May 21, 2015 by Audrey Ingram
Puck Custom Enterprises is poised to take advantage of the growing Eastern European market for swine technology.
The manure management system manufacturing company opened its first retail storefront in Osik, Croatia. Floor models hit the shore in the fall, general manager Jeremy Puck said.
The credit goes to the two Croatian entrepreneurs who operate the store, Puck said. PCE wasn’t looking to go international — it has already expanded to keep up with domestic demand — but Robert Spajic and Darko Bilic saw a niche. They took the risk of switching jobs and opening a store — a relatively new retail concept, Puck explained — in a country where the unemployment rate hovers around 20 percent, according to the Croatian Bureau of Statistics.
“People are the only reason anything ever really happens,” he said. “The right people wanted to do something out of the ordinary.”
Puck met Spajic five years ago when Spajic was studying swine and swine technology at Iowa State University. Farmers in Croatia were — and many still are — using hunting wagons to transport manure. Spajic was looking for a more-effective way. A friend introduced him to Puck, who sold him a PCE system.
“He wasn’t going to let it fail,” Puck said.
PCE currently has four systems operating in Croatia, which is roughly the size of Iowa, three systems in Russia and one system in Ukraine.
And Puck sees a large demand.
Eastern Europe has similarly sized farms as the Midwest, making the PCE machines a great fit requiring very little customization, Puck said. Russia in particular is simply a huge landmass, he said.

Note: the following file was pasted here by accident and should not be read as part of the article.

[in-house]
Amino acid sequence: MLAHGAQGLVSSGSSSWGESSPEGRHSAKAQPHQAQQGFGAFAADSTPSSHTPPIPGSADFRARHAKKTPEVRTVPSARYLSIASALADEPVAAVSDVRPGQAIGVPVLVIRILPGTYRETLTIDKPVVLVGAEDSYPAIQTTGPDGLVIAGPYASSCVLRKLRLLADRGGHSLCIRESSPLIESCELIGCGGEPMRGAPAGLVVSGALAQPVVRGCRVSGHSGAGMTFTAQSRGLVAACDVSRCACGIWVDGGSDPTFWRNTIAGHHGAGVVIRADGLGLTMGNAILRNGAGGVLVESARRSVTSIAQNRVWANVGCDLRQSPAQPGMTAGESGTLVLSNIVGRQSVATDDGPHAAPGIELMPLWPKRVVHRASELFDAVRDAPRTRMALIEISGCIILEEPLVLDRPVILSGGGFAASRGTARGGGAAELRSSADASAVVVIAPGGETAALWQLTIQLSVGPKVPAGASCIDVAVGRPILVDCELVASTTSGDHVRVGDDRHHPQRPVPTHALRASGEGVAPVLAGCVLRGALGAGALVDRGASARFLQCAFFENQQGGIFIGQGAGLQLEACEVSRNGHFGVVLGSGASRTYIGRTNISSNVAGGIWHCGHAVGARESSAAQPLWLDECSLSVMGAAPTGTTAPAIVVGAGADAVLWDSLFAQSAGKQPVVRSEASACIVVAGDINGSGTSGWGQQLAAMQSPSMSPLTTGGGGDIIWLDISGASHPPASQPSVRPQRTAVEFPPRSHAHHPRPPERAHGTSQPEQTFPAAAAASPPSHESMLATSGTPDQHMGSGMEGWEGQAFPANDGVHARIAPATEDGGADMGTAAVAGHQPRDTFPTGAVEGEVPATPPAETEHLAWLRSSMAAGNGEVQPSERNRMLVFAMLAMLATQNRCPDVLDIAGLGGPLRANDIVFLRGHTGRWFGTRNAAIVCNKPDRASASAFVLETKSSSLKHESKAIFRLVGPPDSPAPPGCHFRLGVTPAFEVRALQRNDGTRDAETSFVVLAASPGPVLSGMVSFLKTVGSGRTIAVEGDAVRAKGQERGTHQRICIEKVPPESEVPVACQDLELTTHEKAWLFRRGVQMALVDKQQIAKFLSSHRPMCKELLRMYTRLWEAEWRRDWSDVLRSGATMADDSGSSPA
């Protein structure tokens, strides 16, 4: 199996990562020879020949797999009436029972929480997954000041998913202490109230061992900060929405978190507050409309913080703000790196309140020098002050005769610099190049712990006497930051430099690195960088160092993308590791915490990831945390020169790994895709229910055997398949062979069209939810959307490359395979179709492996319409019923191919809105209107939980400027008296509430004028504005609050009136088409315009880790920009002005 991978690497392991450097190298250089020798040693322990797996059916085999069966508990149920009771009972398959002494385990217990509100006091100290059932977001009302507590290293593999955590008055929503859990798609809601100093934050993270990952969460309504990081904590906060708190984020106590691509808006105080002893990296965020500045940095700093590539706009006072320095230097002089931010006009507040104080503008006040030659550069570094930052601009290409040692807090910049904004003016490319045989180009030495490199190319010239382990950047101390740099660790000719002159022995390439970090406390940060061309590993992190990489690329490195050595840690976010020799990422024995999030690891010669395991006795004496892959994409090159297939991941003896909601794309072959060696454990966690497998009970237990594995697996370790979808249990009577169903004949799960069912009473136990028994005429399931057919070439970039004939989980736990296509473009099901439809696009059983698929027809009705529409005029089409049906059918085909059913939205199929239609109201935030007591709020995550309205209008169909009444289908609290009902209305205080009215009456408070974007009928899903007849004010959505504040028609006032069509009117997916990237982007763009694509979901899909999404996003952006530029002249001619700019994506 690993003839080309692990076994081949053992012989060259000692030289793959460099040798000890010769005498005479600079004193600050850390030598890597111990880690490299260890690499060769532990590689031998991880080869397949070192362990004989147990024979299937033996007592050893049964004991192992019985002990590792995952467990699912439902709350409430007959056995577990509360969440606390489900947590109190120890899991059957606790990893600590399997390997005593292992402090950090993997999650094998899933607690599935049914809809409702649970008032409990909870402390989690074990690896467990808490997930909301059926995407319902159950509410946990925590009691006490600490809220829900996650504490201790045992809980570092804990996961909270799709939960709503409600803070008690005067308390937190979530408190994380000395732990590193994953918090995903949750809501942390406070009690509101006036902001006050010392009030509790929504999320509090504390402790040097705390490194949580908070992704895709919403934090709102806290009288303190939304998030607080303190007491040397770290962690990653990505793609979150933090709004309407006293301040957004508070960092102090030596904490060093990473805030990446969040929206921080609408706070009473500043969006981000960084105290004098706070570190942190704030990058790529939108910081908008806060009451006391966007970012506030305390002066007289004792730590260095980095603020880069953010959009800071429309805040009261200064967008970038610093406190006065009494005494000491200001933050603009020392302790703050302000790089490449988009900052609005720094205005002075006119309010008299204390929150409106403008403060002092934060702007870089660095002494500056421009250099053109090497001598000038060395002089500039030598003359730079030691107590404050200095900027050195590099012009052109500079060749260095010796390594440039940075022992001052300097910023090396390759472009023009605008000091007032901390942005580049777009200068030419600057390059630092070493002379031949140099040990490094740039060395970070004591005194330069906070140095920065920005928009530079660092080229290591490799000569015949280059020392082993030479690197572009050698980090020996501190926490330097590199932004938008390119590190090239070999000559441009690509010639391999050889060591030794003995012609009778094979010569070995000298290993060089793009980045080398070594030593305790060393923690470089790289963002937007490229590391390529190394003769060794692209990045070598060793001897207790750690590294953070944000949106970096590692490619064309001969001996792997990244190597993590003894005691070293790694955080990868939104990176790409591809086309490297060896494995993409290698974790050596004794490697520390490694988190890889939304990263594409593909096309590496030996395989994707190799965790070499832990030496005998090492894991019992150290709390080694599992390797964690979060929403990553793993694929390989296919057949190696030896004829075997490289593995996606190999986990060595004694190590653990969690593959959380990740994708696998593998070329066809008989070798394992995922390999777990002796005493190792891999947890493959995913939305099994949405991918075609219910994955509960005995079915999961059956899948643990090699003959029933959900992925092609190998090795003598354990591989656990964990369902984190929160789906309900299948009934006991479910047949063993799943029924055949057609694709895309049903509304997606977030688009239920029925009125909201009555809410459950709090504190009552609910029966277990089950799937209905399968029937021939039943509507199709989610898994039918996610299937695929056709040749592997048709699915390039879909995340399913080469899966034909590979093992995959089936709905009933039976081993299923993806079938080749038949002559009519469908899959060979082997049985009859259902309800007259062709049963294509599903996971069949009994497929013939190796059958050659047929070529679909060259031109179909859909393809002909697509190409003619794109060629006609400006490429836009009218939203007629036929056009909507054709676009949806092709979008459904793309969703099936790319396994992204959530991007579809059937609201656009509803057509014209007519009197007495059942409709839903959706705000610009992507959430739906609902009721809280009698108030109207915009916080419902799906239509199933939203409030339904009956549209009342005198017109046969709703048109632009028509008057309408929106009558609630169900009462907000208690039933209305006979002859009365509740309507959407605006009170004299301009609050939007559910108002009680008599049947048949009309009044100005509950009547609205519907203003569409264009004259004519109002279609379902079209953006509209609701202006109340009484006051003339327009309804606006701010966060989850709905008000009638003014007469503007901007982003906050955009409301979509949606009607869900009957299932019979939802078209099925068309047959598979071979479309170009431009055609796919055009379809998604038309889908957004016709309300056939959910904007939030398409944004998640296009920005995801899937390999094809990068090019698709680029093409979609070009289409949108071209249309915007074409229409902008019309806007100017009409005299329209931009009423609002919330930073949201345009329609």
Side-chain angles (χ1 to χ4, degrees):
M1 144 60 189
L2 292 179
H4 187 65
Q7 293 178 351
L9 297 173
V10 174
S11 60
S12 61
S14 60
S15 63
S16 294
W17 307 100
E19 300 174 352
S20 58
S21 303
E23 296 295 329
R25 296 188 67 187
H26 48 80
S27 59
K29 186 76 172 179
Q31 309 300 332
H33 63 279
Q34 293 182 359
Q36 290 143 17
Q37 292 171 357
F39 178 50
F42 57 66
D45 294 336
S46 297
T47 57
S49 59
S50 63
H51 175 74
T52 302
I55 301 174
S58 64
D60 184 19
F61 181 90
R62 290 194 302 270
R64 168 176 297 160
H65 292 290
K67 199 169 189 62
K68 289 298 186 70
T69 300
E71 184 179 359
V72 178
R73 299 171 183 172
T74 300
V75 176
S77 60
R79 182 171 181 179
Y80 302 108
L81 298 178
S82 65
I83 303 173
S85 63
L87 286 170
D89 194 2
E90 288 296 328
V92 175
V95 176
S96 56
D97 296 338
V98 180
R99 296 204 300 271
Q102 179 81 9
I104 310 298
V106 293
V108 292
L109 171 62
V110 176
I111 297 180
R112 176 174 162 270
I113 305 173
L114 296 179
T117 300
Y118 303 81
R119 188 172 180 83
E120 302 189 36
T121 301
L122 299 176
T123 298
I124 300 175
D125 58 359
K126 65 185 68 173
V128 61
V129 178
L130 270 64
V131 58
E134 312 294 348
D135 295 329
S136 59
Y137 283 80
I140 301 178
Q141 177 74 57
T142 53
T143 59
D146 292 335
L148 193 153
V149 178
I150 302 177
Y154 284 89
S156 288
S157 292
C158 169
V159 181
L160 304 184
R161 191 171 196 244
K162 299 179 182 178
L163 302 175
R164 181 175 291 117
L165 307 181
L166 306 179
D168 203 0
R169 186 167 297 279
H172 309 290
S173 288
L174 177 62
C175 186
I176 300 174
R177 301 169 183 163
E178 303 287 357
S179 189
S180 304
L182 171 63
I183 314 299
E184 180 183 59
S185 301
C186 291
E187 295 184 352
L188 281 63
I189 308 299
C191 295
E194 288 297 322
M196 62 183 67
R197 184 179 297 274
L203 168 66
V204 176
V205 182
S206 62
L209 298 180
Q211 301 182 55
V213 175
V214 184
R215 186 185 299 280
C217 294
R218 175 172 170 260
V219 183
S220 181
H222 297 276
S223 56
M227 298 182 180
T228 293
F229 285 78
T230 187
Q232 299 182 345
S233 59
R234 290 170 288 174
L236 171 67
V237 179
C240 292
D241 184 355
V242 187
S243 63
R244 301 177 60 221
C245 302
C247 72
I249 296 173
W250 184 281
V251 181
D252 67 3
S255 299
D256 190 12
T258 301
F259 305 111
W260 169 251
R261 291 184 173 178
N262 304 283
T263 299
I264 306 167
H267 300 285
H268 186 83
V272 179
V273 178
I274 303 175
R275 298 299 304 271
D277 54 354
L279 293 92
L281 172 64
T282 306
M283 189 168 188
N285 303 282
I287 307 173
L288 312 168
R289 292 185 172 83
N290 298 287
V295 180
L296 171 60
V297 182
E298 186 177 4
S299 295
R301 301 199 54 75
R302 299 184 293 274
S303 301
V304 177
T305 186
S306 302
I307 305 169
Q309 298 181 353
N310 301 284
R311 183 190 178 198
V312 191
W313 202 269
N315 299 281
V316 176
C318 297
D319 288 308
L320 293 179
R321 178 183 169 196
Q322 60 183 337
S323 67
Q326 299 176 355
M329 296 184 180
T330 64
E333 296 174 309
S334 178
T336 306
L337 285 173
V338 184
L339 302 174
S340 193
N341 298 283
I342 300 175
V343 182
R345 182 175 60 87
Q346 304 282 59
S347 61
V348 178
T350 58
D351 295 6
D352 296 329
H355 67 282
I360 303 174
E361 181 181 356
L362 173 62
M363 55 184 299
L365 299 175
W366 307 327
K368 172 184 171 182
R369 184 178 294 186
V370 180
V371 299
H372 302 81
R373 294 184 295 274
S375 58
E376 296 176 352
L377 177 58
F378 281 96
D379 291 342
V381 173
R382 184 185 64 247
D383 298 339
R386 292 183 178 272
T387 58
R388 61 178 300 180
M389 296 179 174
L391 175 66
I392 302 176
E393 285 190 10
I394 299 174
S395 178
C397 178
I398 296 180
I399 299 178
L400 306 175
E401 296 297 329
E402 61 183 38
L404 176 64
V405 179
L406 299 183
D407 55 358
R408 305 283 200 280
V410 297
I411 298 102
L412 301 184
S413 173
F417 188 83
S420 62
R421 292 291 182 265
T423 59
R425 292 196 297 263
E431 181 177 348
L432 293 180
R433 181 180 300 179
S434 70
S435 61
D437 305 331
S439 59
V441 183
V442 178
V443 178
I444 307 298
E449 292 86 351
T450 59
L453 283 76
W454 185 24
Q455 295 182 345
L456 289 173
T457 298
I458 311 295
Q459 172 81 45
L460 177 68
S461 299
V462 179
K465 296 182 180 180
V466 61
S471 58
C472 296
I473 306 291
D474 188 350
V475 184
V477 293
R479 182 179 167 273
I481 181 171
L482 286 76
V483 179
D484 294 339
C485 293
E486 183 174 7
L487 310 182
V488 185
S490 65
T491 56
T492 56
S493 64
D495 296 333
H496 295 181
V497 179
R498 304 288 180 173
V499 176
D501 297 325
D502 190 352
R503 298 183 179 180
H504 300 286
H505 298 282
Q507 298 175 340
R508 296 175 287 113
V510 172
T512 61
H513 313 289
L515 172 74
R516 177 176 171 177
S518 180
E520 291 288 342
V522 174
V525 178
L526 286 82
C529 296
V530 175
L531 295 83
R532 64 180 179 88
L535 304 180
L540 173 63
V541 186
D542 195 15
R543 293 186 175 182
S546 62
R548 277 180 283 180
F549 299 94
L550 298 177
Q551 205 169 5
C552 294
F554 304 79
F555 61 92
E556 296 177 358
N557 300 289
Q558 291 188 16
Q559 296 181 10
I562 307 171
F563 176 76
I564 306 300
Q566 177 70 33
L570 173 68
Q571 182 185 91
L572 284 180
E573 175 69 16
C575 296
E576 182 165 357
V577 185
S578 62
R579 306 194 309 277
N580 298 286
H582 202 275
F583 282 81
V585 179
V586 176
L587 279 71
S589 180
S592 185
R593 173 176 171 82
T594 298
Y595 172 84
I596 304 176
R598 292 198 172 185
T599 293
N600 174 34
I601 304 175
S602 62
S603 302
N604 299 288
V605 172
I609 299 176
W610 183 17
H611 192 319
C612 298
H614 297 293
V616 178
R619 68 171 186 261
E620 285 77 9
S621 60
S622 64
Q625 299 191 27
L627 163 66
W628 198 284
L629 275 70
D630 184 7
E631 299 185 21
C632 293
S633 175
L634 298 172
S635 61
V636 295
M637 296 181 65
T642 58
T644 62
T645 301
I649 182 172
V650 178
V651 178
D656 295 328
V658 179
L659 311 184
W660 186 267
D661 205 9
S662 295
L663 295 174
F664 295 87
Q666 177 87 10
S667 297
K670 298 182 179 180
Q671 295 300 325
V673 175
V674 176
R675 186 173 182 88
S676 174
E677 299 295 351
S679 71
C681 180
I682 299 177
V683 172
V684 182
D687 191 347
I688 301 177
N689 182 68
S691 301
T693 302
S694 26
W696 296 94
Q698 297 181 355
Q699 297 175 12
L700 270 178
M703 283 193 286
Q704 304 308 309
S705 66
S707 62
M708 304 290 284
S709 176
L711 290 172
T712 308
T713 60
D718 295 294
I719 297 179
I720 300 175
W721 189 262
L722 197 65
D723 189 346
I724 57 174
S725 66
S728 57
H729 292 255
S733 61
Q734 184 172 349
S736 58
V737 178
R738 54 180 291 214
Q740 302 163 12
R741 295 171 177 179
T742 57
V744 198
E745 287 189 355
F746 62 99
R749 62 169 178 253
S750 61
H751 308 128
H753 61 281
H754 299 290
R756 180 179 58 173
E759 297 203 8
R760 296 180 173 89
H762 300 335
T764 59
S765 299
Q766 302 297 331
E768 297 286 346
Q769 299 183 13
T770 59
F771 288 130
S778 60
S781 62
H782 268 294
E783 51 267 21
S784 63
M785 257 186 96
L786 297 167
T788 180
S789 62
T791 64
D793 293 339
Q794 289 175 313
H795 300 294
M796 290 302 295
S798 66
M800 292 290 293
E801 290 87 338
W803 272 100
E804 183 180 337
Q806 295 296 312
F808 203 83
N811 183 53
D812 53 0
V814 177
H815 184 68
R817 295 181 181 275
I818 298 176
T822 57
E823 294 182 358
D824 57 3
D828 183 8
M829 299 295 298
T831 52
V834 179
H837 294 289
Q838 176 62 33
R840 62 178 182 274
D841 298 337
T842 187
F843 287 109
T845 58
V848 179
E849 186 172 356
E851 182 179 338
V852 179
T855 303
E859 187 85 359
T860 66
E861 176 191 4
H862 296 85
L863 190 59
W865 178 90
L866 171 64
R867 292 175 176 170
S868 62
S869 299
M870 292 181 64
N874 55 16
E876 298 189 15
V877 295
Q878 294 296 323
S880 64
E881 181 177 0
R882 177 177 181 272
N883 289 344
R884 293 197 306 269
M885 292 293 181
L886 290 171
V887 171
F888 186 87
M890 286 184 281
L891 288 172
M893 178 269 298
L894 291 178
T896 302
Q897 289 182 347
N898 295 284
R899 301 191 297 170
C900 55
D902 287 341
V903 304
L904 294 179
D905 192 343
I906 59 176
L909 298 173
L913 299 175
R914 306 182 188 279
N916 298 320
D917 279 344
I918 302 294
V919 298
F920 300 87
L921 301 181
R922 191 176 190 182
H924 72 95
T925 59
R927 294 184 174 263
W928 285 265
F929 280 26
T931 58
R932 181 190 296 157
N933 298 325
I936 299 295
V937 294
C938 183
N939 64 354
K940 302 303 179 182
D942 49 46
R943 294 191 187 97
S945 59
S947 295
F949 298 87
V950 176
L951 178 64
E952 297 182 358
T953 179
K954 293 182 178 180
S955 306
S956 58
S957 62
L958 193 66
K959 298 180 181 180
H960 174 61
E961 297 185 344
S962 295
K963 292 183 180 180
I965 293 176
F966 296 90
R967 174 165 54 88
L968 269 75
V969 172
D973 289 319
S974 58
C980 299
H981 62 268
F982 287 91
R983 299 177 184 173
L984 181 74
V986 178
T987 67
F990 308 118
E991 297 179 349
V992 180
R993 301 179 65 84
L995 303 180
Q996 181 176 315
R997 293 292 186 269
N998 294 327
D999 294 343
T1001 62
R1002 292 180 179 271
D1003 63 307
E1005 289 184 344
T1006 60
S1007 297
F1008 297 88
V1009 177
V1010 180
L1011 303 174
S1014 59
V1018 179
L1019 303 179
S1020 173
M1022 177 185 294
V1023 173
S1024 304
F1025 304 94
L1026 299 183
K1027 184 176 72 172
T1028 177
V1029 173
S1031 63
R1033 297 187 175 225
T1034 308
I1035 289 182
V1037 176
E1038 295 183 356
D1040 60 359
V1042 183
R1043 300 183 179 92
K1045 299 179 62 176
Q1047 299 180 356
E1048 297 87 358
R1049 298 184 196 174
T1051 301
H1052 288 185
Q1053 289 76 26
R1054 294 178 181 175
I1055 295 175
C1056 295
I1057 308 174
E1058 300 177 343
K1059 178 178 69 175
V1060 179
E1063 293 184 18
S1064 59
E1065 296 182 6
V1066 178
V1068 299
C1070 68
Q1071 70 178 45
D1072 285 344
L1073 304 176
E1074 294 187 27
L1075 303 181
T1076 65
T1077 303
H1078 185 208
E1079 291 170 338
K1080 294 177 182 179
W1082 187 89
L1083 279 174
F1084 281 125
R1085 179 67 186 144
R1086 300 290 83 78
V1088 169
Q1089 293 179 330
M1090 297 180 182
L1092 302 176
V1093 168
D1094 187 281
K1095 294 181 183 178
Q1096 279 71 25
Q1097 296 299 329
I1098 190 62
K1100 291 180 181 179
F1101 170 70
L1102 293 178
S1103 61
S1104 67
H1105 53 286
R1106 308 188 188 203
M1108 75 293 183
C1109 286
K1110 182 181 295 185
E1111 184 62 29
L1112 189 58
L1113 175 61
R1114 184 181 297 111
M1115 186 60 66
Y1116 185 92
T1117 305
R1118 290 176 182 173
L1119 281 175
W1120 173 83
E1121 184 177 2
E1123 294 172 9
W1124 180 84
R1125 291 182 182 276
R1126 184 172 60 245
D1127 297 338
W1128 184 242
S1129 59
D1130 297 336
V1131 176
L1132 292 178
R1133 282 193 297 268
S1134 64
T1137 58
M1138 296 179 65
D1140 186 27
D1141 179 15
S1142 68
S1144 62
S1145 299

The European Union is also increasing its focus on manure management — and backing its talk with economic subsidies.
But the region’s technology and farming practices are a full 20 years behind those of the U.S., Puck said.
“It stems from the Soviet legacy,” he said.
They’re also just beginning to learn the value of manure, Puck said.
“We take it for granted in Iowa, but it isn’t utilized elsewhere,” Puck said. “You can get rid of commercial fertilizers if you use liquid manure more efficiently. Swine manure will grow a good crop.”
Where the U.S. grows many crops for exports, the mission of Eastern European agriculture is to feed itself, he said. Farmers are looking for strong returns — and PCE machines provide an easier way to adopt new practices, Puck said.
Another side of the changing swine industry is the introduction of barbecue to PCE’s Croatian business partners, he said.
The most obvious difference in cuisine between Croatia and the U.S. is that the food is cooler, and the drink warmer, Puck said.
Meats are cured and salted — delicious, but cured bacon is not all similar to the fried bacon showcased in the U.S., he said. But the Croatian people have shown an interest in learning how to cut and grade different parts of meat, similar to the U.S., Puck said.
Though PCE entered the region around 2011 and 2012, its business interests in Eastern Europe have not been upended by the ongoing conflict in Russia and Ukraine. Puck credits the smooth business to the large European companies PCE deals with — Russian companies in particular are vertically integrated, running the swine industry from grain to plate.
The Croatian store is a sales center with a small warehouse for inventory. Puck hopes the demand will swamp the company, but there are no plans to manufacture overseas, he said. Some assembly may eventually be done in Croatia, but PCE’s goal is to keep welding and fabrication in Manning.
The company currently has 38 full-time and eight part-time employees and has spots open in assembly and fabrication. Owners are considering adding a second shift to keep up with demand. The move would create another five to 10 jobs this summer.
Spajic and Bilic are salaried contractors for PCE. If the Croatia store is successful, the company could use the model to open sales stores across the Midwest and northeast U.S., Puck said.
Courtesy of Audrey Ingram, Daily Times Herald 5/21/15.